Edition 207 – Sowing The Seeds
This week, we’re not sowing the seeds of love, as the 80’s power band Tears for Fears espoused in 1989 (I know, 30 years ago, who’d have thought?). But we are talking sowing the seeds, much like farmers do. Let me explain.
I’ve had a number of family business owners tell me that last year finished slow, or this year has started slow. Even if they’re not saying it, I can well and truly see it in their numbers.
When things are slow, it usually sparks a reaction of panic in the minds of the family business owner. The first question they ask themselves is “what’s happening?”. They’ll listen to the media and hear the doom and gloom of a slowing economy and, in some ways, explain away their current trading position on factors completely outside of their control.
Except, that is a complete and utter load of rubbish.
Building a pipeline of work in your business is a constant process. It’s about establishing relationships and creating connections always and forever. Like a gym routine that shifts aside for whatever reason, or a diet that goes off the rails over Christmas, the simple fact is, that unless you keep working at marketing your family business, the activity in your business will slow down. When activity slows, cash slows. When cash slows, panic sets in.
Can you imagine what it would be like if you were a farmer that was not:
- Tilling the soil.
- Adding the nutrients.
- Sowing the crop seeds.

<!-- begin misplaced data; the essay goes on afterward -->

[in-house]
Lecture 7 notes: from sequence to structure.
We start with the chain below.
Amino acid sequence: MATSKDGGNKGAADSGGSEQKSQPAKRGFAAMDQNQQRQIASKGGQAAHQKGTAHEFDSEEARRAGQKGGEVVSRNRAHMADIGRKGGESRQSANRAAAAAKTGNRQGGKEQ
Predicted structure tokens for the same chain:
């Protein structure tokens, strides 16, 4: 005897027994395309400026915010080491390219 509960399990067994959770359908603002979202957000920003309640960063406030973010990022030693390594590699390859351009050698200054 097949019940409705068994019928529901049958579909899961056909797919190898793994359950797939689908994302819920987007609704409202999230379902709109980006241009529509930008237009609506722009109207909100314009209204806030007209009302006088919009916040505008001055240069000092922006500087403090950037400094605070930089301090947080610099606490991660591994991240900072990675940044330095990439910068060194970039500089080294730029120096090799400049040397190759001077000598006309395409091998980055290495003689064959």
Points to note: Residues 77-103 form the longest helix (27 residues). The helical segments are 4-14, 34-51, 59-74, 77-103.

- Eradicating the pests.
- Then, finally, harvesting the crop.
Even worse, what would happen if, after you harvested your crop, you sat back on your porch and allowed the days and weeks to while away? What would happen if you didn’t get cracking on repeating the process for the next crop?
Thank goodness farmers are not like this, for we’d all starve. Yet, too many family business owners simply stop marketing their business because:
- They’re busy.
- They’re unfocussed.
- They don’t like doing it.
- They’re most comfortable playing technician and least comfortable playing entrepreneur.
- They don’t structure it into their week.
- They equate lack of interest from actual and potential clients as a lack of success.
- They forget to play the long game.
One family business owner, when I told him to hit the phones, line up some meetings and start sending emails in early January responded, almost astoundingly, a few weeks later, that there was actually a lot of opportunity in his industry and his business right now. It’s just that he’d stopped doing all those things in the last quarter of last year, creating the perception of a dry patch. Who’d have thought?
So, when you wander into your family business today, take a moment to think what the next three months are looking like. Whether they’re looking quiet or busy, think about what you did in the last three to six months in terms of marketing activity. I’m willing to bet there’s a correlation between activity and results.
Every family business owner should be engaging in a minimum of 3 to 5 marketing touch points each week. Taking someone out to lunch; making a phone call; following up outstanding quotes
– they’re all part of creating success in family business.